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This article addresses the contention commonly expressed among liberal theologians and commentators that the Jesus of history, to the extent that he may be identified, was essentially a social revolutionary, broadly sympathetic to what might be identified in contemporary terms as ideological “socialism.” It is often conceived that Jesus’ concern for the poor, the disenfranchised, and the underclass of Second Temple Judea endows him with a broad egalitarian ethic, making him akin to an ancient “redistributionist.” I will argue, however, that “socialism” did indeed exist in those days, in the form of the Dead Sea sect, and that the historical Jesus was profoundly opposed to the community of property it represented. For him, “social justice” was part of the embedded ethics of Judaism itself, divorced from the “redistributionist” theories of Marxist and neo-Marxist adherents. Whereas the Essene sectarians withdrew from what they called “the material wealth of wickedness,” Jesus admonished his disciples to pursue dealings out of economic contact with the world at large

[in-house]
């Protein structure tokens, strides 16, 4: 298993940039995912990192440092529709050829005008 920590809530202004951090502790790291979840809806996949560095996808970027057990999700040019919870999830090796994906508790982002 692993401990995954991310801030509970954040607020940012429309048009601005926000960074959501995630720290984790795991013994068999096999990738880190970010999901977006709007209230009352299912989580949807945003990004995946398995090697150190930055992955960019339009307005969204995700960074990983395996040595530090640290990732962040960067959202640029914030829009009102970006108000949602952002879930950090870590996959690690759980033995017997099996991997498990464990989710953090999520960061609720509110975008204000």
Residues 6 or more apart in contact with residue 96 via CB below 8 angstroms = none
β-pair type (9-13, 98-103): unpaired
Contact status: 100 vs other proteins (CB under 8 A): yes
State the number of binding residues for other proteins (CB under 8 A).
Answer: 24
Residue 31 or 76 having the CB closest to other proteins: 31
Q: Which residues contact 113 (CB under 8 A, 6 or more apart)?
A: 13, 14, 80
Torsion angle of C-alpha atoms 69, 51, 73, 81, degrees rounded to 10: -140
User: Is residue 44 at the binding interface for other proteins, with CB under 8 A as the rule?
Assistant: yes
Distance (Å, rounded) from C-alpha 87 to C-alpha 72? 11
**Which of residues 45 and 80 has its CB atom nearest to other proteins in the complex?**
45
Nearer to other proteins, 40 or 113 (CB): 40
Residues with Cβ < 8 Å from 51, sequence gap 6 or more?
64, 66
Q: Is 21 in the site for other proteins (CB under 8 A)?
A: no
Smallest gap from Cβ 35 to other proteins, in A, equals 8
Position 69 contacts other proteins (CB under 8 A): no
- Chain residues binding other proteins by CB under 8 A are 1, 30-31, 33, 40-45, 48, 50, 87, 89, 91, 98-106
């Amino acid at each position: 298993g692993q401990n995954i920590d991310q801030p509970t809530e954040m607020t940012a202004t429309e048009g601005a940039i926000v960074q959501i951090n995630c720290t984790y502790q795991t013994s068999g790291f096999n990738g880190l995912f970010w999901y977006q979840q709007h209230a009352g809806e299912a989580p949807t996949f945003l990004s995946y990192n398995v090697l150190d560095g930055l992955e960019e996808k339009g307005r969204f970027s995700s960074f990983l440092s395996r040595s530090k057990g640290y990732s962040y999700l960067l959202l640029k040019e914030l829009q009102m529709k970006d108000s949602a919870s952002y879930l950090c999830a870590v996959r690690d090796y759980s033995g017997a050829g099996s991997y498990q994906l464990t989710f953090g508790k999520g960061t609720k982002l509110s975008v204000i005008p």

Jesus, Socialism, and “Judeo-topia”

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